A major Chicago children’s hospital has apologized for its history of performing cosmetic genital surgery on intersex babies in order to make them appear more male or female.
The Ann & Robert H. Lurie Children’s Hospital of Chicago apologized on Tuesday, saying it understood that its approach to intersex surgery was ‘harmful and wrong’.
The hospital is believed to be the first in the US to apologize for performing the surgeries.
In a letter published on the hospital’s website, CEO Dr Thomas Shanley and Chief Medical Officer Dr Derek Wheeler also apologized to intersex people who have been harmed by the treatment at their facility.
‘We recognize the painful history and complex emotions associated with intersex surgery and how, for many years, the medical field has failed these children,’ the hospital said in a statement on its website.
‘Historically, care for individuals with intersex traits included an emphasis on early genital surgery to make genitalia appear more typically male or female.
‘As the medical field has advanced, and understanding has grown, we now know this approach was harmful and wrong.
‘We empathize with intersex individuals who were harmed by the treatment that they received according to the historic standard of care and we apologize and are truly sorry.’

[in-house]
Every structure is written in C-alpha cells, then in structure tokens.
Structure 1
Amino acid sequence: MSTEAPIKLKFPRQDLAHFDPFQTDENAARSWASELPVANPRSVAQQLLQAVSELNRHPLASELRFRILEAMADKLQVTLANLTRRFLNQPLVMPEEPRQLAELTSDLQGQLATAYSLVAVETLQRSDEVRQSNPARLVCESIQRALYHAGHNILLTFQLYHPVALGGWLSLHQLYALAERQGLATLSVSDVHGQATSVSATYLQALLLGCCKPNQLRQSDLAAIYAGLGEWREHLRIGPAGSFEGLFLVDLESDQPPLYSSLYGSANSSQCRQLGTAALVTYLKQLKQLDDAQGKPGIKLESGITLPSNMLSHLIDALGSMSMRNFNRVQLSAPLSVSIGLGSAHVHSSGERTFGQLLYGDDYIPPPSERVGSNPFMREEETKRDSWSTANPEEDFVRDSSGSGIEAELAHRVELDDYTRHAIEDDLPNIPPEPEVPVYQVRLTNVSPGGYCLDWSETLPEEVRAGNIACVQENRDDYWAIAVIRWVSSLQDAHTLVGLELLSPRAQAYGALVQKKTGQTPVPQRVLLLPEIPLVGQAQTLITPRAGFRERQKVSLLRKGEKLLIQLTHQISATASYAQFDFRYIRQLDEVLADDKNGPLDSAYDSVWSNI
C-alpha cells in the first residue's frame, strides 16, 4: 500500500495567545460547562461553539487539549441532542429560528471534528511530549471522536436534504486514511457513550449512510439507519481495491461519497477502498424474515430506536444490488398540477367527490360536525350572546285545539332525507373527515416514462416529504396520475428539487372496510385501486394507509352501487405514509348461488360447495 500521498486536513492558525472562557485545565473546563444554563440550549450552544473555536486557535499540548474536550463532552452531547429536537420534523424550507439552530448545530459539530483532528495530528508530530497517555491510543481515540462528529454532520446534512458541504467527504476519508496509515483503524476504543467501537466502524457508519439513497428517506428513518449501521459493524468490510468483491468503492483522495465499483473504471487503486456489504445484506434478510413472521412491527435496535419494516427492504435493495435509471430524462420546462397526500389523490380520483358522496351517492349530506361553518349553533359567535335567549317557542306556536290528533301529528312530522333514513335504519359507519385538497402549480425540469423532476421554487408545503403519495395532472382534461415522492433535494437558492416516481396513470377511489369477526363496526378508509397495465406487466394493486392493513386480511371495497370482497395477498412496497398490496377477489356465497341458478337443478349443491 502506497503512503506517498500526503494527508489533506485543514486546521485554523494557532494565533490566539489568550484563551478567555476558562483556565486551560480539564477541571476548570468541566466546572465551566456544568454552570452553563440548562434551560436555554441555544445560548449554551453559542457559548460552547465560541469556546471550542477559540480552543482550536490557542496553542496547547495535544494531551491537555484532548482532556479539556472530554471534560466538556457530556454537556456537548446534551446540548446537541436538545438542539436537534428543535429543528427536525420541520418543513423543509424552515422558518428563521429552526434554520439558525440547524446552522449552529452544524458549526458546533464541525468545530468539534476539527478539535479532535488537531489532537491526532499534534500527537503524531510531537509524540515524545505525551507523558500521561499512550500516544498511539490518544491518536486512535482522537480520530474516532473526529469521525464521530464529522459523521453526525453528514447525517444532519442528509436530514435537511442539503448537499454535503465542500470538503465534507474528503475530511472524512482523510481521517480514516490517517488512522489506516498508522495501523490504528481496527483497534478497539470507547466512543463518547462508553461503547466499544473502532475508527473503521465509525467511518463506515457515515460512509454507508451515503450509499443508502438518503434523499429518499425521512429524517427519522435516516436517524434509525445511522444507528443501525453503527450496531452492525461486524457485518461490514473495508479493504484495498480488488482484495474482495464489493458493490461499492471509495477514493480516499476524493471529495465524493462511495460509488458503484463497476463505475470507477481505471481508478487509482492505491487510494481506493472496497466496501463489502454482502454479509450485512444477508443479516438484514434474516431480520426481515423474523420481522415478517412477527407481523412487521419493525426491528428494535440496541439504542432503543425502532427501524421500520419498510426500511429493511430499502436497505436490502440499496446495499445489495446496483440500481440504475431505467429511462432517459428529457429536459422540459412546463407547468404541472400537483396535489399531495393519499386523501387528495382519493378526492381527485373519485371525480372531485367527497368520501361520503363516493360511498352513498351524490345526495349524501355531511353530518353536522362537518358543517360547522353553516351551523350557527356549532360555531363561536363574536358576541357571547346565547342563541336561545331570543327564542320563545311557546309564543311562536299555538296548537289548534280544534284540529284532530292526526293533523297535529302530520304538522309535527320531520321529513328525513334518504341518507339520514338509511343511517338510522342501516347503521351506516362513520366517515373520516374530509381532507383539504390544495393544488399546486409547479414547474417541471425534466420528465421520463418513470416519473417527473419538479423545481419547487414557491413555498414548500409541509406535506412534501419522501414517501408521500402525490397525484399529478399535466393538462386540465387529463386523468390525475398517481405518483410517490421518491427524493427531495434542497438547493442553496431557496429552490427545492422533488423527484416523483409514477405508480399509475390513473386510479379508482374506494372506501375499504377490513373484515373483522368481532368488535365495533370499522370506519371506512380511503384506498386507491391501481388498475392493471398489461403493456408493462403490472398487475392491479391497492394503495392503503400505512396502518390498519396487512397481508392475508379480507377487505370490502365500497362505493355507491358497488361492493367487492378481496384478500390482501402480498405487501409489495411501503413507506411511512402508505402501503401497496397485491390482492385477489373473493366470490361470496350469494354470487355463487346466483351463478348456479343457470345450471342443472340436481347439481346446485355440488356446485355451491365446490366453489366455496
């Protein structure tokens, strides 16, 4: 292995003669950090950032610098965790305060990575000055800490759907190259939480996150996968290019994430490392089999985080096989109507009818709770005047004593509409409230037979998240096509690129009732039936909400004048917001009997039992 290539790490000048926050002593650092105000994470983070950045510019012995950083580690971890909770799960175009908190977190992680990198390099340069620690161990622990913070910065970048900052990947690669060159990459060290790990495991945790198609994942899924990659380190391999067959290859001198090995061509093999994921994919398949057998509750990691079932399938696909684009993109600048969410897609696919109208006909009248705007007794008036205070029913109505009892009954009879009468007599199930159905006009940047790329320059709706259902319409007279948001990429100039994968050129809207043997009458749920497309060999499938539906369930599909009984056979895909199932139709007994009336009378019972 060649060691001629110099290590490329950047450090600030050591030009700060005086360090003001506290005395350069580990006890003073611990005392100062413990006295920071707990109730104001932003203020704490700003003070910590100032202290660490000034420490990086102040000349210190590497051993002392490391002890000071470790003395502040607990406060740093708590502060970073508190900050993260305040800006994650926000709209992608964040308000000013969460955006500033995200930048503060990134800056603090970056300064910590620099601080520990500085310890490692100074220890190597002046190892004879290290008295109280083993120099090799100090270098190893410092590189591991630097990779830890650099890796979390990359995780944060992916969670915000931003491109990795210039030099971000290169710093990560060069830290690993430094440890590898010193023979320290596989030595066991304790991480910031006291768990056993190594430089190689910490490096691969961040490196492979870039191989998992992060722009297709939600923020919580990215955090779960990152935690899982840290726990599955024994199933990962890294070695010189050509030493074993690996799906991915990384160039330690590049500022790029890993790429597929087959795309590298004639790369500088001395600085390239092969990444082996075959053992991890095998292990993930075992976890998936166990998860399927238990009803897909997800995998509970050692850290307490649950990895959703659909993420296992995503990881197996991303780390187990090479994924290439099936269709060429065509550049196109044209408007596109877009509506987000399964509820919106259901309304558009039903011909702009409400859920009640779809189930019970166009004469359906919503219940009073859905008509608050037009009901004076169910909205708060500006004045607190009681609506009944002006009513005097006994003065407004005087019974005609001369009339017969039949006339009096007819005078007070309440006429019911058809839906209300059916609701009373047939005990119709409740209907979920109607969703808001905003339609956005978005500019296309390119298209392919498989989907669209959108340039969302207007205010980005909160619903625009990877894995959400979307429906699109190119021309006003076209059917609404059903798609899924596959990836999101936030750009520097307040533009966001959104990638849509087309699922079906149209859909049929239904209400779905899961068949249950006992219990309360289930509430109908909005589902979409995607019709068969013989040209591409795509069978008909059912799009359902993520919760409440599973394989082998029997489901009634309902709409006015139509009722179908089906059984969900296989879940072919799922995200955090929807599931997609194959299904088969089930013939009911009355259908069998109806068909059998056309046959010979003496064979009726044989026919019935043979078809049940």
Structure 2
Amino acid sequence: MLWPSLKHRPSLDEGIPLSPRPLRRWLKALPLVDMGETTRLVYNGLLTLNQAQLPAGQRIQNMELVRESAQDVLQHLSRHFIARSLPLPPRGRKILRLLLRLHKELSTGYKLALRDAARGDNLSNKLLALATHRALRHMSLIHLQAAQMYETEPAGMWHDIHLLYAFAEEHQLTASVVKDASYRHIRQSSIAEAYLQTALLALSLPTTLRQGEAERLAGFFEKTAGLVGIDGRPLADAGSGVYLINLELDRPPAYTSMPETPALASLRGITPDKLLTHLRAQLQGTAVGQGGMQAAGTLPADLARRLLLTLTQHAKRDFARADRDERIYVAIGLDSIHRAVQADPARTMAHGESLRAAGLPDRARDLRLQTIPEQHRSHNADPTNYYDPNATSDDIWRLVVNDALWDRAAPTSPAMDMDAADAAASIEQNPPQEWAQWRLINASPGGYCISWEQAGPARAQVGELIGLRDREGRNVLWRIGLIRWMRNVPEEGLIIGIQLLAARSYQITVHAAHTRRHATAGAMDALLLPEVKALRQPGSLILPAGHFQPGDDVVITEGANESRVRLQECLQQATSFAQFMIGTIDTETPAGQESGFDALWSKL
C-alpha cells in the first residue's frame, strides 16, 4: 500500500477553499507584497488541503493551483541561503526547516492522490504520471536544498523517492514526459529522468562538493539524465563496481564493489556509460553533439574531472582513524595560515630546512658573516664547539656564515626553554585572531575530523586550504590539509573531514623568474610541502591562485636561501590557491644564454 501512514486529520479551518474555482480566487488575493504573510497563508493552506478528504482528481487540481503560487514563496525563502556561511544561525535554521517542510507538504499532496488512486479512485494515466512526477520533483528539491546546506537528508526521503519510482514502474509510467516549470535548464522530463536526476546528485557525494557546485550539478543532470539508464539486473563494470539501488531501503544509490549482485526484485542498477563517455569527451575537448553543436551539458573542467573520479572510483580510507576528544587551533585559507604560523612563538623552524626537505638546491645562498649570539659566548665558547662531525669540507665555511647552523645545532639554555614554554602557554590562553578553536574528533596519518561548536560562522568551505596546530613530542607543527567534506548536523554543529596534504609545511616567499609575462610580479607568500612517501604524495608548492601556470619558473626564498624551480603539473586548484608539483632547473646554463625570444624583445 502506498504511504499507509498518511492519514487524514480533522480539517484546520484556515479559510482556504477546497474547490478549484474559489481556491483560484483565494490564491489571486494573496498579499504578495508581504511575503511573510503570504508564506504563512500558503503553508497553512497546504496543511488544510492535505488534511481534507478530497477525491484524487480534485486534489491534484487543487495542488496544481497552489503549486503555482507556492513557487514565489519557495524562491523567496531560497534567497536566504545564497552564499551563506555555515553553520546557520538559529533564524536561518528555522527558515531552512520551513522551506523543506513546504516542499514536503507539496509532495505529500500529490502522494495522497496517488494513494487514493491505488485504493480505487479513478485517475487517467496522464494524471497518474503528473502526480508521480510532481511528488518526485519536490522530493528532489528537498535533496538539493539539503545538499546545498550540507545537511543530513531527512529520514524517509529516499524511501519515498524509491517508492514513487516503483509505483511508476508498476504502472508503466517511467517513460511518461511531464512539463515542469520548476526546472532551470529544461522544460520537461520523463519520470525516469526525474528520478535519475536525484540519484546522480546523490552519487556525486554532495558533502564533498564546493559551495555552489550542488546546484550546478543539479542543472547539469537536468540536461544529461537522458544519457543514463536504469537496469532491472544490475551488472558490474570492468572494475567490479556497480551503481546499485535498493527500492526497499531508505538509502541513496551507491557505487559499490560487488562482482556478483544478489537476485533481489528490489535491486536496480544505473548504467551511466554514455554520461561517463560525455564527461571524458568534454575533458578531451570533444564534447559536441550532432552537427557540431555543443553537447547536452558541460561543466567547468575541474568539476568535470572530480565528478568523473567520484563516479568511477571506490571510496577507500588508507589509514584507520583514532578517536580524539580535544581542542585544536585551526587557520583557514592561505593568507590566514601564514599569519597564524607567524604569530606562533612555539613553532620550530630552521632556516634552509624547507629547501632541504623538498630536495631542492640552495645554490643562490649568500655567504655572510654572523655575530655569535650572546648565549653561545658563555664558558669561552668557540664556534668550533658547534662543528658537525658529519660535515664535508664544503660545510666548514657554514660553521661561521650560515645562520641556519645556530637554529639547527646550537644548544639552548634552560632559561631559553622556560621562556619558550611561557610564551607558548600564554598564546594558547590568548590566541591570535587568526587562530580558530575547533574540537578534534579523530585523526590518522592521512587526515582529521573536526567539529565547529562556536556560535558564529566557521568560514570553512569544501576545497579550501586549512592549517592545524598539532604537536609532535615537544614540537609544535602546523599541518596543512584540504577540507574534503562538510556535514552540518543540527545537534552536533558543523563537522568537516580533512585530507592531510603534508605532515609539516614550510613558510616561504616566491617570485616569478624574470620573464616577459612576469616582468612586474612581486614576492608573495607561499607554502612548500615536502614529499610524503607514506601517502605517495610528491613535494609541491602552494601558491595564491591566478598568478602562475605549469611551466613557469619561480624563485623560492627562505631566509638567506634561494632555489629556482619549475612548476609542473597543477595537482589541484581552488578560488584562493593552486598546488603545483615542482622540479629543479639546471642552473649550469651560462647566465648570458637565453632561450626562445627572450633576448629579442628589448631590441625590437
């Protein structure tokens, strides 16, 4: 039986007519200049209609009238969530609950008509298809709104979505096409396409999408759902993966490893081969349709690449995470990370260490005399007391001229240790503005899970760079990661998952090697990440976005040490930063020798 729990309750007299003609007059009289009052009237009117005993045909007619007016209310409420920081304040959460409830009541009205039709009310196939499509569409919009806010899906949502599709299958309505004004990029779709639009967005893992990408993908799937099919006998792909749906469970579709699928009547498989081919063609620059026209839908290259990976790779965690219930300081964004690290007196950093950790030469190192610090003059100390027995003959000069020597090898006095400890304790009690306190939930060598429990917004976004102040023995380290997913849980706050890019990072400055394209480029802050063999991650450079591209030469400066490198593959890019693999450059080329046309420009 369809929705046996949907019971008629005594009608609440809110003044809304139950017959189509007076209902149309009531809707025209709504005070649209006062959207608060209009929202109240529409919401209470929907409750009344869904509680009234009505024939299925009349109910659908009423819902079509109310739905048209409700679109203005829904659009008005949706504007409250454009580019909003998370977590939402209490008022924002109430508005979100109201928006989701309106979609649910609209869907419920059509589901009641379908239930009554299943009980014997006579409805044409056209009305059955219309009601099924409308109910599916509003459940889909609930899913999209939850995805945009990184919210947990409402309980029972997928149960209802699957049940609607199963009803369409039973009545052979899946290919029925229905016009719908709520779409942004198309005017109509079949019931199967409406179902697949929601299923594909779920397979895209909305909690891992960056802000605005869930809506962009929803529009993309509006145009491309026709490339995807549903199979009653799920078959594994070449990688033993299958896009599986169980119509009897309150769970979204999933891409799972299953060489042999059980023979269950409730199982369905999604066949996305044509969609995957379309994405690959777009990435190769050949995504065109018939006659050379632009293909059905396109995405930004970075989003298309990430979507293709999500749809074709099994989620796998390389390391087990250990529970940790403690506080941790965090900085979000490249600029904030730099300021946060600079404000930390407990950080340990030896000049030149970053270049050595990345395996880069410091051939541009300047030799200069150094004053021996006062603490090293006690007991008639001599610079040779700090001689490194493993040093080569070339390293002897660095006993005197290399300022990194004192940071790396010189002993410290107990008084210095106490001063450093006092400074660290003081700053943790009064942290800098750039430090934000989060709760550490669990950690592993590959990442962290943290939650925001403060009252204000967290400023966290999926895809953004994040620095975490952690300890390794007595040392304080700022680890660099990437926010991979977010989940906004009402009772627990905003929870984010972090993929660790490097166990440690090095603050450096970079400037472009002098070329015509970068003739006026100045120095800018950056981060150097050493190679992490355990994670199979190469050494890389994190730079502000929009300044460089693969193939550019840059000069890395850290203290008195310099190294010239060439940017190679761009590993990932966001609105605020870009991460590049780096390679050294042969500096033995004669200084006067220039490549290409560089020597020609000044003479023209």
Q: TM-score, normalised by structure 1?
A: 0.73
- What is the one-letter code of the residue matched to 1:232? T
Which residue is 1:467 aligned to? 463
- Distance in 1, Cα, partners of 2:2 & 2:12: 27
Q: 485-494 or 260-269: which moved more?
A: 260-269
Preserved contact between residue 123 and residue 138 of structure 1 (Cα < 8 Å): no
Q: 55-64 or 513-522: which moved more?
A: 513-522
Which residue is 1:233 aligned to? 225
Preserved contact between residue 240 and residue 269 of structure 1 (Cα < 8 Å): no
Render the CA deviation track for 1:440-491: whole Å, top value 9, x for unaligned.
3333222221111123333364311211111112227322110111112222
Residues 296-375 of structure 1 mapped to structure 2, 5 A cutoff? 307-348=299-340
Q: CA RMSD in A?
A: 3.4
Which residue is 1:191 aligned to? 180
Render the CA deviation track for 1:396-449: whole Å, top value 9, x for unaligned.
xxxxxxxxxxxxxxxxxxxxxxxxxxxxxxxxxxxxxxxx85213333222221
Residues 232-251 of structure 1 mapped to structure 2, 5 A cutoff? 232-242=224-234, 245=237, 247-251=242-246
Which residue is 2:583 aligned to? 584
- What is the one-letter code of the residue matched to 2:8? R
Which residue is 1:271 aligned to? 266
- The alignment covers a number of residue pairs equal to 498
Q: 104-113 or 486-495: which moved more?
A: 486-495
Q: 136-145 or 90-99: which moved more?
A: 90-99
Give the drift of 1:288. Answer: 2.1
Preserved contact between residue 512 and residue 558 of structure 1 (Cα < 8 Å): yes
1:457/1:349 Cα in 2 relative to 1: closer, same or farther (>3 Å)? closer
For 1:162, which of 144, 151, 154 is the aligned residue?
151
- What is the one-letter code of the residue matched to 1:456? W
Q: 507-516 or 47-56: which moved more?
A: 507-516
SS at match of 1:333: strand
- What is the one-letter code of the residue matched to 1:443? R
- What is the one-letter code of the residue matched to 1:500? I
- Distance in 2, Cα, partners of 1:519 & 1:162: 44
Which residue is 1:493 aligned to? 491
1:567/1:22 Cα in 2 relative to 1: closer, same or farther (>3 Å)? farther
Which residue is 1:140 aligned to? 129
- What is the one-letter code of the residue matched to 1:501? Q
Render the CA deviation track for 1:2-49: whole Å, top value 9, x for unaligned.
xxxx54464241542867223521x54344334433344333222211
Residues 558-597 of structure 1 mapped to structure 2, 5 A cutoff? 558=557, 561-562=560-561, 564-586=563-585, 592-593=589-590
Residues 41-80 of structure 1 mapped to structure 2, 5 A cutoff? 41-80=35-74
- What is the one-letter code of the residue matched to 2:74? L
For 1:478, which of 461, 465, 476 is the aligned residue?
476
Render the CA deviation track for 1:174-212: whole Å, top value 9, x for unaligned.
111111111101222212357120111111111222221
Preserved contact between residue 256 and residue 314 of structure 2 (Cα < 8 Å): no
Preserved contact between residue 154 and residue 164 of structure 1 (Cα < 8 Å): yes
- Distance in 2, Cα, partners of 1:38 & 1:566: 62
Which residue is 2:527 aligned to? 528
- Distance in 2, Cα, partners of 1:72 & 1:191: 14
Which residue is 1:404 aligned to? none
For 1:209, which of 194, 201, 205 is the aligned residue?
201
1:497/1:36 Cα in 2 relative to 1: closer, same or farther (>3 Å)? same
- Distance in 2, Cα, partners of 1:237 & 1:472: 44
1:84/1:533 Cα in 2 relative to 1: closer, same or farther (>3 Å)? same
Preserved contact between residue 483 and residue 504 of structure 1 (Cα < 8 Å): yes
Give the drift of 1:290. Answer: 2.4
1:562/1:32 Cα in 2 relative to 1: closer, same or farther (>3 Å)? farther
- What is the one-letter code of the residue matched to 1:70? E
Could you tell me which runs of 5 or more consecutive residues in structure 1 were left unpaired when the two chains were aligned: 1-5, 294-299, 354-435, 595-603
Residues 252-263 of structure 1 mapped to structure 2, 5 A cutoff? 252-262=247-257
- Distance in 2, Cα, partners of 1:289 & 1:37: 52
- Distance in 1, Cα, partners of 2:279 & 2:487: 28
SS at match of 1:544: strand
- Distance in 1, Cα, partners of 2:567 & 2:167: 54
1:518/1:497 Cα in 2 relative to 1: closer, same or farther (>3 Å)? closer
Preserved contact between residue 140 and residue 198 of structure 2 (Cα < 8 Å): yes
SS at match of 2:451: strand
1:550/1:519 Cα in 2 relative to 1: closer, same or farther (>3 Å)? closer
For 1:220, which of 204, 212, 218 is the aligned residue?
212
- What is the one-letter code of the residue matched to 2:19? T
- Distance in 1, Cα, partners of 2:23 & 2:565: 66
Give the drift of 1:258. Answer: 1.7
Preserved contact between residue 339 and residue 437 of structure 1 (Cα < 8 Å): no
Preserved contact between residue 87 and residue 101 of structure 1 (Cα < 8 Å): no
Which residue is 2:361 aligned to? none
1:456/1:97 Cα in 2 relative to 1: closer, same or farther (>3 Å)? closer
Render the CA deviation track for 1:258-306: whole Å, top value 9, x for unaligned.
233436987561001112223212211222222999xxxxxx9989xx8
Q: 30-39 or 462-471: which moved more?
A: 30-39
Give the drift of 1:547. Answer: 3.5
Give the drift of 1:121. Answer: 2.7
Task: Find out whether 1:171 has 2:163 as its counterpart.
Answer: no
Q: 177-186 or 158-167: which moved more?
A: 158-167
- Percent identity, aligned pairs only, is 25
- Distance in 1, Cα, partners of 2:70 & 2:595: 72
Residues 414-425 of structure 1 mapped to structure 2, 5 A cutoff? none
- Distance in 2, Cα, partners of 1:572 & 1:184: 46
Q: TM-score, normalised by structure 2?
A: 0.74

The hospital did not say how many intersex surgeries it had performed over the years but did say doctors had not performed a clitoroplasty surgery on an infant or child in the last five years.
Children whose genitals don’t typically align with the norm have for decades faced surgery to rearrange their anatomy to resemble that of more typical boys and girls – long before they are old enough to have a say in the decision.
Intersex genitalia can be surgically changed for an array of reasons: to change appearance, to help urination or menstruation, improve fertility and sexual function, or ward off potential medical complications.
Intersex activists have long argued that the surgery is a violation of human rights and have called to outlaw the gender-alignment surgery.
Moving forward, the Chicago children’s hospital said it was adapting its policy to ensure no irreversible genital surgeries, unless medically necessary, would be performed until the patient can make the decision for themselves.
The hospital said the policy, for now, would not apply to patients born with congenital adrenal hyperplasia (CAH) – a genetic disorder that often sees a child born with ambiguous genitalia but can affect their normal growth.
‘Over the next six months, we will carefully and critically evaluate whether the same policy requiring assent/consent from intersex and CAH patients should apply,’ the hospital said.
The hospital is forming a group made up of patients, family and clinicians that will be headed by an intersex person or one with CAH. The group will provide findings to the hospital that they say will guide their future surgeries for CAH patients.
The hospital said there would not be any on children with CAH outside of those deemed medically necessary, until those findings were made.